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Coded Arms defragged

We chat to the producer of Konami's new PSP game to find out if an FPS really can work on a handheld system

Hovercars. The Spice Girls reunion. A kebab after nine pints of Stella. All these things are good ideas in theory, but in practice they aren't much cop at all.

First-person shooters on handheld game consoles could also be put in that list. Up until now the handheld FPS has been a fairly lacklustre breed. But all of a sudden the floodgates have opened. Metroid Prime Hunters and Goldeneye: Rogue Agent are spitting bullets on DS, and Konami's Coded Arms is prepping its weapons for an assault on PSP.

Coded Arms puts you in the shoes of a VR trooper sent into a virus-infested mainframe with the express purpose of defragging the little nasties - you're Norton Antivirus with a gun, if you like.

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But is putting an FPS on PSP a good idea in practice? We grabbed an interview with Coded Arms' producer, Yasuo Daikai, to find out...

Coded Arms is a first-person shooter - not exactly the ideal handheld game. What kind of problems has developing an FPS on the PSP thrown up?

Yasuo Daikai: Yes, it's certainly an interesting style of game to put onto a handheld console. When we sat down to start working on Coded Arms I said to the team, "look, let's just try and lay down the fundamentals of the FPS genre on the PSP and see how it works out." So we built a demo version for the Tokyo Game Show last fall and it came into shape quite nicely. It played like an FPS, so that was our first obstacle overcome, and we went from strength to strength after that. But it was definitely a challenge to build an FPS for PSP from scratch.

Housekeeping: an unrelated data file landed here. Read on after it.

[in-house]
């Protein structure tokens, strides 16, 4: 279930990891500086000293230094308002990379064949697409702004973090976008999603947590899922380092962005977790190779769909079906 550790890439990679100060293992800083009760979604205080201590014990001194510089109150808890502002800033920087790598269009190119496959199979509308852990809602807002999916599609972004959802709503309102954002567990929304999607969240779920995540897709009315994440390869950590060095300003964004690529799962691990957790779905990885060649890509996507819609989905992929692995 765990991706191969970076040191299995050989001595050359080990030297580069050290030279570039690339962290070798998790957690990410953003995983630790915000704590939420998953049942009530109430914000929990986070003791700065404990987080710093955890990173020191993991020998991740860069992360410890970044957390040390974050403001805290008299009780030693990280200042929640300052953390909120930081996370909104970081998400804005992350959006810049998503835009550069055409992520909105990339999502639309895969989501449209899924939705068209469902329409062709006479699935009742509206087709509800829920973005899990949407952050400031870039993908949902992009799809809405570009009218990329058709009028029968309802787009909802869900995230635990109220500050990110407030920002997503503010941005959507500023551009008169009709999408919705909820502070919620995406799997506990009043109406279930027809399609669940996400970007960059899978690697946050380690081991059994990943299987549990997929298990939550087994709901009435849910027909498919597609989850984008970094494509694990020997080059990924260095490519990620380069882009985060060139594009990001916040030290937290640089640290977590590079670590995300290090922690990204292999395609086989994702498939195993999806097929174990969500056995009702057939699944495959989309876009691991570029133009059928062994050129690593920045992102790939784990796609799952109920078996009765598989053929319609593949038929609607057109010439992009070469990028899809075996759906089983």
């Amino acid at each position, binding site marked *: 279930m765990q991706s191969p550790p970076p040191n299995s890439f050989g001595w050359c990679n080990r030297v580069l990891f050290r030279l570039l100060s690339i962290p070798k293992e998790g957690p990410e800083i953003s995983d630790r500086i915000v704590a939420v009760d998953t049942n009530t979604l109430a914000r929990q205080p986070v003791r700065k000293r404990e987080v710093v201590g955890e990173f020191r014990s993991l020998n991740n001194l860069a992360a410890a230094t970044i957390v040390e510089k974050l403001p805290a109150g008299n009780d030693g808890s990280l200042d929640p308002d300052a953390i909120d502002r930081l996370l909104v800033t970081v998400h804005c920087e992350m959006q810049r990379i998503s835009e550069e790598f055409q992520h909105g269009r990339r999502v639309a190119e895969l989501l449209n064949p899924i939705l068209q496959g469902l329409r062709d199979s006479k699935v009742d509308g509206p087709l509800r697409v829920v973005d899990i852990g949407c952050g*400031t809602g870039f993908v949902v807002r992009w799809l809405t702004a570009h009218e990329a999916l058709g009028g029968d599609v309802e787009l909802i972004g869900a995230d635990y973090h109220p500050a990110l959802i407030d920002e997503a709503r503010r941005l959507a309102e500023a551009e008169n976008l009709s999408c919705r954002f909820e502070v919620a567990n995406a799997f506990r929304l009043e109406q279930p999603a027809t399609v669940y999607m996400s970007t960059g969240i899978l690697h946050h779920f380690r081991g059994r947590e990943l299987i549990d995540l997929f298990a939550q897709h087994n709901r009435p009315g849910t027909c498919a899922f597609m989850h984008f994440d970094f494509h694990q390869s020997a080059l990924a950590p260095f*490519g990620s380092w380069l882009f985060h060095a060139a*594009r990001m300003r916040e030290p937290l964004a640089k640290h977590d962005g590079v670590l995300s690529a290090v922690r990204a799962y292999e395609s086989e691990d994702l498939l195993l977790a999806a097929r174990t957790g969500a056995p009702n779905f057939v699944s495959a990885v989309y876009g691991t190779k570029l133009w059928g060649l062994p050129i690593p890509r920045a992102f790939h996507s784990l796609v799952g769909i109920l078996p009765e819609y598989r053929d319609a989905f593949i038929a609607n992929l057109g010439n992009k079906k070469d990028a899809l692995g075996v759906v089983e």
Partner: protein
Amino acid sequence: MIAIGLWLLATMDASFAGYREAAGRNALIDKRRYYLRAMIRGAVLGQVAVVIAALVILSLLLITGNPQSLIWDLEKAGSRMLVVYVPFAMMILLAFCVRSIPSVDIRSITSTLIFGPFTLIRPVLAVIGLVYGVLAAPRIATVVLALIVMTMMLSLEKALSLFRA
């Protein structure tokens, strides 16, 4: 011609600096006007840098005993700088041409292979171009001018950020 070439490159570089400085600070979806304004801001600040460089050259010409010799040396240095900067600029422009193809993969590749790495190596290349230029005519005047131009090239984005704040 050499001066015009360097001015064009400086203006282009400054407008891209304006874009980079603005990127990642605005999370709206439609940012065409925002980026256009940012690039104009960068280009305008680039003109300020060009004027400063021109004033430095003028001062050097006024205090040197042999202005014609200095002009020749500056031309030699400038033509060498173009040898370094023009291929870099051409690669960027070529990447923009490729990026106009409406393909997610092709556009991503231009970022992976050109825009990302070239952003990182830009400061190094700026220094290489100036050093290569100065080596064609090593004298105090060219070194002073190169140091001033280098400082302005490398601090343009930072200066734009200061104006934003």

Was the control system the most important consideration when you were designing Coded Arms?

Yasuo Daikai: Yes. Right from the beginning we were expecting people to question how FPS controls would work on the PSP - after all, it only has one analogue stick. The dev team was definitely very concerned about the control method and we put a lot of thought into it. We initially thought of using the old N64 FPS control method [where the analogue stick controlled all movement of the character] because the N64 controller also only had one analogue stick, and we've actually left that control method in there.

But we decided that our final, default control method would be to use the analogue stick to look and the four face buttons to move. That's much closer to current-gen FPS controls.

When you were working on the game during the early days were you aware the PSP would only have one analogue stick?

Yasuo Daikai: Funnily enough, initially we didn't know. The earliest PSP dev kits were huge and they actually used the DualShock controller, so we weren't sure whether there would be two sticks or one for a long time. Eventually we got an updated version of the dev kit and suddenly realised that there would only be one analogue stick!

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Was that a worrying moment, or did you see it as just another challenge to overcome?

Yasuo Daikai: Yes, our first thought was "woah! There's only one stick!" And worse still, there was only one shoulder button on each side. For a moment we genuinely thought that we wouldn't have enough buttons! For example, we wanted to put a crouch in there, but we just didn't have enough buttons and we had to take it out.

So did the constraints on the control method influence the design and direction of the game?

Yasuo Daikai: In a way. We really geared our game design towards ensuring that the user was comfortable at all times. Then we had to make sure that controlling the character was as fluid as possible, because that's very important in an FPS game. Movement has to be responsive, otherwise the player gets annoyed. Similarly, the way we approached the aiming system was crucial. Because the face buttons aren't as accurate as an analogue stick we had to use auto-aiming, but then we couldn't use it too much or the game would just play itself. Getting the balance right was very important.

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